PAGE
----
Essay Title: 

Josephine backer

March 18, 2016 | Author: | Posted in geology and geophysics, nature

Josephine Baker : Racial Refugee Comes Home

One hundred years ago a star was born , but its light , like that of real stars , took many years to reach us . Josephine Baker , dancer , actress and singer , shone on the stages of France long before she was accepted here in her native country . Having escaped from the poverty of her early childhood , Baker became a legendary performer in France only to be dismissed by American audiences of the 30s . Her story , fortunately , does not end there , as the changing social climate led to Baker ‘s eventual [banner_entry_middle]

br return and her efforts in the civil rights movement . Though it took decades , the Black Venus ‘ finally claimed her place in the history of American entertainers

Baker ‘s early family life was a world away from the life of glamour she was to later lead in France . Born Freda Josephine McDonald in St . Louis Missouri in 1906 , Baker was subjected to the racial prejudices of the times as a result of her mixed Native American and African-American origin . Sources vary on the identity of Baker ‘s father , but the official version lists Eddie Carson , a vaudeville drummer , and Carrie McDonald , a washerwoman ‘ as Baker ‘s parents . As an infant , Josephine was taken by her mother to winerooms and vaudeville houses where her father performed (Haney 1981 ,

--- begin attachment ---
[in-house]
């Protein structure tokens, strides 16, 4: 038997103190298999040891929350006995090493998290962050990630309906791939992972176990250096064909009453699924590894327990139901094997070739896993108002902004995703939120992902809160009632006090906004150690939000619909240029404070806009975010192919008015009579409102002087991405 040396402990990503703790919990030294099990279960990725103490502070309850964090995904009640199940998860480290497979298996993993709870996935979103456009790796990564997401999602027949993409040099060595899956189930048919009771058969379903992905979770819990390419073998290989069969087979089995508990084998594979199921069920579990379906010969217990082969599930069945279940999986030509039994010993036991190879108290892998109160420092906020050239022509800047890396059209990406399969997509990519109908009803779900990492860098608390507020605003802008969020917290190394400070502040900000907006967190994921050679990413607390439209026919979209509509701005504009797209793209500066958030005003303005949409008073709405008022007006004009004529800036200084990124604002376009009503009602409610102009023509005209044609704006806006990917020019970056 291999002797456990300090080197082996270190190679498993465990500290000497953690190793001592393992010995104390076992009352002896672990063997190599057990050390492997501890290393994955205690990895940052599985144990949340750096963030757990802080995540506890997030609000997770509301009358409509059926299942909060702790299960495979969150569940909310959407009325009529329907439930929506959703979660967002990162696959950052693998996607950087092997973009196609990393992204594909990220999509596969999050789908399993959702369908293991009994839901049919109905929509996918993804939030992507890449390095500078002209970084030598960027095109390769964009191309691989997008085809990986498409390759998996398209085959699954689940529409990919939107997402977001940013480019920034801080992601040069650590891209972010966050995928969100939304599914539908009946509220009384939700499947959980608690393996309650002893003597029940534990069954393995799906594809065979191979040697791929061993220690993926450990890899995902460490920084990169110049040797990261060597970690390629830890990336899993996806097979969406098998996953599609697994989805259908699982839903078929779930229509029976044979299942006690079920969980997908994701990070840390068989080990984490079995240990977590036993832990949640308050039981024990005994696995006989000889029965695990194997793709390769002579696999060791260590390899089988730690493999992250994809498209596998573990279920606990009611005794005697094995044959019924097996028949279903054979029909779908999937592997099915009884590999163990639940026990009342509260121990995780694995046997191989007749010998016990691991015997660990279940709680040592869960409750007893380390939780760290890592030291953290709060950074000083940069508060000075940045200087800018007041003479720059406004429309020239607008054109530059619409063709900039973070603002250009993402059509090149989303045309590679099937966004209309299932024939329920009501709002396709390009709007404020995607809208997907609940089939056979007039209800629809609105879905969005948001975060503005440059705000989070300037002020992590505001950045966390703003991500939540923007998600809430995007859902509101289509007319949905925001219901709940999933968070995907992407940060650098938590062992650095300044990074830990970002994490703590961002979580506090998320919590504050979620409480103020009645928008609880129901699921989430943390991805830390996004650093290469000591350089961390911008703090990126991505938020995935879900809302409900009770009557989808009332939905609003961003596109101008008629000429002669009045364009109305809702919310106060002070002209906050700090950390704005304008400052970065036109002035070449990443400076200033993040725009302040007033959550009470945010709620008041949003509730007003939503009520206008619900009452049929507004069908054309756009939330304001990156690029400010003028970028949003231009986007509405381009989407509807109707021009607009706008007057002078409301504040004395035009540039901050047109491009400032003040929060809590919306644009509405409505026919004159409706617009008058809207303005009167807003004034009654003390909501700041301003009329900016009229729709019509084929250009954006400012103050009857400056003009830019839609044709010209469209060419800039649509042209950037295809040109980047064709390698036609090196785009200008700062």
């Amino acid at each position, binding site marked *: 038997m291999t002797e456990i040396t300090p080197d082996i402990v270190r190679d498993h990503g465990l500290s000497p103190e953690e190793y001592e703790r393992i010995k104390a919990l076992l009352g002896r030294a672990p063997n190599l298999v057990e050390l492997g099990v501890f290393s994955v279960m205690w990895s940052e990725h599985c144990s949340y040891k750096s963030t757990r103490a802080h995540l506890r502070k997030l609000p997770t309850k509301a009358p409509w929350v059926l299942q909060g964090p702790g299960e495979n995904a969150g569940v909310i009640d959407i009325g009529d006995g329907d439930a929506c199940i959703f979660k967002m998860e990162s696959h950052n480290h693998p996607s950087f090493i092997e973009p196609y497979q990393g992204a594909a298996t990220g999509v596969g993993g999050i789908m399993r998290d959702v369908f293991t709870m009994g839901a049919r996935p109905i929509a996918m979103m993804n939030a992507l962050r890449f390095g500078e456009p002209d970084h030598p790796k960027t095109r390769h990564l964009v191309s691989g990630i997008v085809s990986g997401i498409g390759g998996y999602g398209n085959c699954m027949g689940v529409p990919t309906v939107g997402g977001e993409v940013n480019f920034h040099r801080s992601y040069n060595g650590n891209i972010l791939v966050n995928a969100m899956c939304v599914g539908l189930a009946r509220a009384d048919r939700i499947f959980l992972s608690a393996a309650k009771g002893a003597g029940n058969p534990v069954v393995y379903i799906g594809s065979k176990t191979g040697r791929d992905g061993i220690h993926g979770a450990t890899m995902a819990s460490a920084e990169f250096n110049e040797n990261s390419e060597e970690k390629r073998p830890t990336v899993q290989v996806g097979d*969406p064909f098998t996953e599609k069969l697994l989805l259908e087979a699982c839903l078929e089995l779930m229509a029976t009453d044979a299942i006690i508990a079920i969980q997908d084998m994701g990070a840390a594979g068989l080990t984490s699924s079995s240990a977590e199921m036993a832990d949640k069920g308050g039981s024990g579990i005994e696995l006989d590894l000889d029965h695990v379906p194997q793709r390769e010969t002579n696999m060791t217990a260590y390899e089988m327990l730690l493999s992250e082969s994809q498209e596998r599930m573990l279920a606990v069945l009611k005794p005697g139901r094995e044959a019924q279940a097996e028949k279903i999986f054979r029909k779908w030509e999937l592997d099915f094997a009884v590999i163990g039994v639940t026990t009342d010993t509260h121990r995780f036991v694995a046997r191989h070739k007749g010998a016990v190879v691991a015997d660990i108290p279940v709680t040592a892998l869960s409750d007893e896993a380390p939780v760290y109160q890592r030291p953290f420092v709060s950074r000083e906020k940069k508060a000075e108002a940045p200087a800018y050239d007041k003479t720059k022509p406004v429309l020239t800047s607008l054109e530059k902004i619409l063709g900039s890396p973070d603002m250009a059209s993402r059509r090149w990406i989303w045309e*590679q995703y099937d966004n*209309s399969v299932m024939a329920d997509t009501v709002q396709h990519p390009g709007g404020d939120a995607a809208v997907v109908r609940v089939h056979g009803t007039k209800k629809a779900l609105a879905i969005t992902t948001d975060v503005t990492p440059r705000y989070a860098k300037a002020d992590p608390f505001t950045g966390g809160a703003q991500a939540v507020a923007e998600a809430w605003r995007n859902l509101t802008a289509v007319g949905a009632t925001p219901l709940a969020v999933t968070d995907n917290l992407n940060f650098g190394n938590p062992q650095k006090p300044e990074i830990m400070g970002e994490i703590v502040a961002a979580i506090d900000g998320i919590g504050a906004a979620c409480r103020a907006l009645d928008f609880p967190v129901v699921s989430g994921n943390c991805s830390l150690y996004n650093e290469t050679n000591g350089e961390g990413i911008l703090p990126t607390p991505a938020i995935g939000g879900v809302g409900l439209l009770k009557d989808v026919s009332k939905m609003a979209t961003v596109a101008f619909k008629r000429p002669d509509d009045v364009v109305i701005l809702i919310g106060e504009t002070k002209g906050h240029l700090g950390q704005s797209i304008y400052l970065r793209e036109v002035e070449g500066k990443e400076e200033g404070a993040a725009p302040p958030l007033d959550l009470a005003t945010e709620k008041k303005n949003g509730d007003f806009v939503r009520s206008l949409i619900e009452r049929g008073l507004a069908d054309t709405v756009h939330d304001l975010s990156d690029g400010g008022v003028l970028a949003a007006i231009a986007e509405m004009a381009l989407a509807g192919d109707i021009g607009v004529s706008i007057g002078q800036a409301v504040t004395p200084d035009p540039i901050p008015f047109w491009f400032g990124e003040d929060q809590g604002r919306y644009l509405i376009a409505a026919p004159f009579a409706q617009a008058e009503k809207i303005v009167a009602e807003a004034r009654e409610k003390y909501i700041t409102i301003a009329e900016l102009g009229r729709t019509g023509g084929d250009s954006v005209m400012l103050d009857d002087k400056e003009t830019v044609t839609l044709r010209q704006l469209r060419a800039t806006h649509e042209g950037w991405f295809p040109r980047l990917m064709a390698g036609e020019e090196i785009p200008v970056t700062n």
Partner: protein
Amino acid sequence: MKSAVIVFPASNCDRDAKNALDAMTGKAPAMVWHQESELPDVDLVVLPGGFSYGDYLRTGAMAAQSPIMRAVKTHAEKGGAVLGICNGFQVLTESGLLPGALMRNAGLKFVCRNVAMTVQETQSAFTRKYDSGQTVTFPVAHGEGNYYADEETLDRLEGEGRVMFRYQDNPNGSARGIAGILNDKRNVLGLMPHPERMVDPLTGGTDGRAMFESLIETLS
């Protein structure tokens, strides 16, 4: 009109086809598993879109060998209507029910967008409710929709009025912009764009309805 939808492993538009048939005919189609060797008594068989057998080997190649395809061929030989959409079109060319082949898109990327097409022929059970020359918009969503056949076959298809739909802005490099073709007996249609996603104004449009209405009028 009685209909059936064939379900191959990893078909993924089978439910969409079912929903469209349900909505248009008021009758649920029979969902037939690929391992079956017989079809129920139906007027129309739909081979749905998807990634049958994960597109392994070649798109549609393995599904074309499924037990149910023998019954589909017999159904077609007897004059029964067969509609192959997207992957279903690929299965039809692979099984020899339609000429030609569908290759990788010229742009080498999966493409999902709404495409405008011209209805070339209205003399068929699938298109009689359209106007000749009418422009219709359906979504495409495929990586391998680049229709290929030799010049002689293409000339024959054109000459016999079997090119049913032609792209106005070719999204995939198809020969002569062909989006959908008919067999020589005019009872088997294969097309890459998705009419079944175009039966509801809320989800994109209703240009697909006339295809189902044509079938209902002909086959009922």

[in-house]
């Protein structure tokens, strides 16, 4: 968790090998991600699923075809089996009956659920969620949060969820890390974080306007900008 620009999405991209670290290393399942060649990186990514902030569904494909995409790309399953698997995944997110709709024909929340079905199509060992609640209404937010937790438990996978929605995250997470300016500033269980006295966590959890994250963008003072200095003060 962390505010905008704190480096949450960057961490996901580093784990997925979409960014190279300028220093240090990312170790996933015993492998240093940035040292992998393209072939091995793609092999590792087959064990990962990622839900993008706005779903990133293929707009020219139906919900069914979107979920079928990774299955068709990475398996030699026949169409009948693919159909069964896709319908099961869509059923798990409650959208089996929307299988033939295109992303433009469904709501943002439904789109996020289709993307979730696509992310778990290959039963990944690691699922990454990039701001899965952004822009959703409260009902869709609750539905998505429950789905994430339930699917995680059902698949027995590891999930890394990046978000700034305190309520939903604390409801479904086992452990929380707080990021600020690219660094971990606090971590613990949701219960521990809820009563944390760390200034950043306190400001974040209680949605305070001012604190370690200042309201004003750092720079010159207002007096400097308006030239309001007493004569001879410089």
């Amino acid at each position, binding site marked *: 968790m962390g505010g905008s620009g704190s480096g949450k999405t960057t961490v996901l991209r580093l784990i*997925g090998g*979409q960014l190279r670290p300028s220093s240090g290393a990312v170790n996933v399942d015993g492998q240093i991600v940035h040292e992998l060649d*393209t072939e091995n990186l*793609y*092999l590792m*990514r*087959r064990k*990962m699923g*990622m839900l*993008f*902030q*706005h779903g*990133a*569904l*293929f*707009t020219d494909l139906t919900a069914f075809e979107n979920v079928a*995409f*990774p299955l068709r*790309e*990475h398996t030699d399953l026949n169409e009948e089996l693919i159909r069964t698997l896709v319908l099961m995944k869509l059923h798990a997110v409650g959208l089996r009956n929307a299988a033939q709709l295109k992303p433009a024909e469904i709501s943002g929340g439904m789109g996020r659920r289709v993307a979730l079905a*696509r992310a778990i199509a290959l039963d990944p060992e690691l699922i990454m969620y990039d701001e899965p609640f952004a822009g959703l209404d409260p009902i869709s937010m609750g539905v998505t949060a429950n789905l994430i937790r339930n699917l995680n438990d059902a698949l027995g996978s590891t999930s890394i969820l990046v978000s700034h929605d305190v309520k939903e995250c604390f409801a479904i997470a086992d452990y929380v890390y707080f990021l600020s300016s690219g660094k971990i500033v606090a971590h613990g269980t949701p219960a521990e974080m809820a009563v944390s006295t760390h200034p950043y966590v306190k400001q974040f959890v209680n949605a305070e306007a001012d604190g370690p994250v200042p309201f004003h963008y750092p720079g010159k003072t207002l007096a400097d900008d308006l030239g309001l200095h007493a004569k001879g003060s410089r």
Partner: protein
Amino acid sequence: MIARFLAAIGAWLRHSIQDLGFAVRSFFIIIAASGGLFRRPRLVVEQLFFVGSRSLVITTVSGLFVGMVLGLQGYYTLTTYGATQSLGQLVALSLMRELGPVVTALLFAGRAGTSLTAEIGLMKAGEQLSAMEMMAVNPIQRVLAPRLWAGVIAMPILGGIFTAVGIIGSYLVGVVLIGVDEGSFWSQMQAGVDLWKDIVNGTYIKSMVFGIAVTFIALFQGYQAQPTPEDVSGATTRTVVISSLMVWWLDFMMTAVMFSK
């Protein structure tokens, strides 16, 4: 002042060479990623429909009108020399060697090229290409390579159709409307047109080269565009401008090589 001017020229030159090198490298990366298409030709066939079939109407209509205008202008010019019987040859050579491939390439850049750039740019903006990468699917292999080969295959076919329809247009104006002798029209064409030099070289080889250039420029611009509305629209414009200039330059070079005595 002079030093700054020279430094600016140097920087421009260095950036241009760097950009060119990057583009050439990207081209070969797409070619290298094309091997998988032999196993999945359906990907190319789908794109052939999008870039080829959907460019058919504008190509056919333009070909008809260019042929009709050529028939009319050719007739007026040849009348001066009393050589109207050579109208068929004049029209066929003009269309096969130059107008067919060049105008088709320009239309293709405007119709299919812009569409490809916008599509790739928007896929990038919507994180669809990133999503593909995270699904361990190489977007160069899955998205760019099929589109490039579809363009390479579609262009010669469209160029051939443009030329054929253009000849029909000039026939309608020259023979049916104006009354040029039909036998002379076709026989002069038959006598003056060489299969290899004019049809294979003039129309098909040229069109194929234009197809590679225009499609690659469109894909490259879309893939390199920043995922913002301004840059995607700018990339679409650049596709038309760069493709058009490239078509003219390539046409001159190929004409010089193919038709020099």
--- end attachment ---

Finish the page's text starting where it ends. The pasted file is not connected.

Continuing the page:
. 6 . St . Louis had an important music scene at the time , and this certainly had quite an impact on the young Freda

Carson soon abandoned mother and child , and Baker ‘s mother married another man , Arthur Martin , with whom she bore a son and two more daughters . Martin , often unemployed , could not support the household and so Baker ‘s childhood was spent cleaning , babysitting and waitressing . Baker describes working for the Mistress ‘ a wealthy white woman , in her autobiography , where she was required to get up at five in the morning (Baker and Bouillon 1977 ,

. 3 : There was coal to fetch , the stove to stoke , chamber pots and spittoons to empty , bed to make wood to cut , the kitchen clean ‘ She did manage to go to school but then worked after school as well , sleeping in the Mistress ‘s cellar at night . Baker was only seven years old . Haney (1981 ,

. 10 ) suggests that Josephine ‘s mother harbored resentment against her daughter blaming her for the loss of Carson perhaps this , along with the family ‘s poverty , explains why Carrie McDonald sent her daughter to the Mistress . Josephine finally returned home after the Mistress was arrested for physically abusing her , but Josephine wound up living much of the time with her grandmother and aunt as her relationship with her mother deteriorated even further

Baker ‘s feelings for the country of her birth were always to be influenced by the experiences of her youth in Missouri . In her autobiography , she recounts the story of seeing her neighborhood go up in flames and seeing a black man beaten when whites decided to avenge the alleged rape of a white woman in… [banner_entry_footer]


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